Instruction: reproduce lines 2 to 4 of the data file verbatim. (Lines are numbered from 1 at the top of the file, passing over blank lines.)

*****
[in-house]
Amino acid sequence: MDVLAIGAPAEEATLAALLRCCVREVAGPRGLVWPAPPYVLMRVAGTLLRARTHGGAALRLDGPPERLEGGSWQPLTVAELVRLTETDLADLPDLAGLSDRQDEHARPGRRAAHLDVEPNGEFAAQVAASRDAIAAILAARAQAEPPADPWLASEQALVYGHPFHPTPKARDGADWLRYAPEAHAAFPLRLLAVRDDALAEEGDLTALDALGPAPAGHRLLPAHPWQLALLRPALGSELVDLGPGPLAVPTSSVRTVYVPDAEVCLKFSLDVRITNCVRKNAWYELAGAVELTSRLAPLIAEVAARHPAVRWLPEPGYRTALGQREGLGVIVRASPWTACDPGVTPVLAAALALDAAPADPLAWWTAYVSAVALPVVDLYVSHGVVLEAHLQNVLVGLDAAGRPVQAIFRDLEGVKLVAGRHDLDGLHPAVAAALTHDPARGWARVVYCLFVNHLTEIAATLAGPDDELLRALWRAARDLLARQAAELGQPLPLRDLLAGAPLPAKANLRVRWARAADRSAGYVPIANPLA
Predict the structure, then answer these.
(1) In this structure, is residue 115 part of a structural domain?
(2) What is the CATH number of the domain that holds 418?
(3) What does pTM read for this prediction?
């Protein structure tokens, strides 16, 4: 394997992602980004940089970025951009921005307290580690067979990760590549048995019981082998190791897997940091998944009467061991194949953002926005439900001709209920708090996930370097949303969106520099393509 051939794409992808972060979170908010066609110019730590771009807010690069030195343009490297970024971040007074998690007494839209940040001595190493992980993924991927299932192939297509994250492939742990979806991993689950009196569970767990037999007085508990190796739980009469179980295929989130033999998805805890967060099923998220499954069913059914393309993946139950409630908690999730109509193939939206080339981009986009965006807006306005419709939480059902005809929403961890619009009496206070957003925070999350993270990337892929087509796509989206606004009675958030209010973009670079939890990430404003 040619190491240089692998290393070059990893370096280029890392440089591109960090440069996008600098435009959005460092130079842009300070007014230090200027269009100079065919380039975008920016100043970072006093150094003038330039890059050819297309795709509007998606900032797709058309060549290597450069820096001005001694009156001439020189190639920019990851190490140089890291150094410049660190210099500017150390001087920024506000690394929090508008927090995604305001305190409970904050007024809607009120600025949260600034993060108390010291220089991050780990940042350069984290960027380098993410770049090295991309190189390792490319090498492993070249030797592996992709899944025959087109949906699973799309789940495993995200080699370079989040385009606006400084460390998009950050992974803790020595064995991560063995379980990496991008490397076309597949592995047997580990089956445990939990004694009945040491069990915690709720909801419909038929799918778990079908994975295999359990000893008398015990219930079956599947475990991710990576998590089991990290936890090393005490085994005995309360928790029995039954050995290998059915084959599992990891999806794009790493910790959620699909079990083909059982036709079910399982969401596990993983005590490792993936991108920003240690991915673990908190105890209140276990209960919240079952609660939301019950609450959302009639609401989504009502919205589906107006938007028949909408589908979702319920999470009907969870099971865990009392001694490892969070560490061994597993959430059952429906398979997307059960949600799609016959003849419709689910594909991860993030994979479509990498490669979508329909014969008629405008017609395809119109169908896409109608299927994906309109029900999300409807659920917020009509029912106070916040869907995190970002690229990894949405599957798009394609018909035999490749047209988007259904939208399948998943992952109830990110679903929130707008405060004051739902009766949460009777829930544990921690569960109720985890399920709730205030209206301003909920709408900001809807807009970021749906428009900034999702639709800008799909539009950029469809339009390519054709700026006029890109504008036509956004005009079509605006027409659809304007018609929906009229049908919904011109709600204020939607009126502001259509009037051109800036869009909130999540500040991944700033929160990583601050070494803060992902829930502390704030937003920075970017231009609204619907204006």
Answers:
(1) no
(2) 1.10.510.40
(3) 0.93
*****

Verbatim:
Amino acid sequence: MDVLAIGAPAEEATLAALLRCCVREVAGPRGLVWPAPPYVLMRVAGTLLRARTHGGAALRLDGPPERLEGGSWQPLTVAELVRLTETDLADLPDLAGLSDRQDEHARPGRRAAHLDVEPNGEFAAQVAASRDAIAAILAARAQAEPPADPWLASEQALVYGHPFHPTPKARDGADWLRYAPEAHAAFPLRLLAVRDDALAEEGDLTALDALGPAPAGHRLLPAHPWQLALLRPALGSELVDLGPGPLAVPTSSVRTVYVPDAEVCLKFSLDVRITNCVRKNAWYELAGAVELTSRLAPLIAEVAARHPAVRWLPEPGYRTALGQREGLGVIVRASPWTACDPGVTPVLAAALALDAAPADPLAWWTAYVSAVALPVVDLYVSHGVVLEAHLQNVLVGLDAAGRPVQAIFRDLEGVKLVAGRHDLDGLHPAVAAALTHDPARGWARVVYCLFVNHLTEIAATLAGPDDELLRALWRAARDLLARQAAELGQPLPLRDLLAGAPLPAKANLRVRWARAADRSAGYVPIANPLA
Predict the structure, then answer these.
(1) In this structure, is residue 115 part of a structural domain?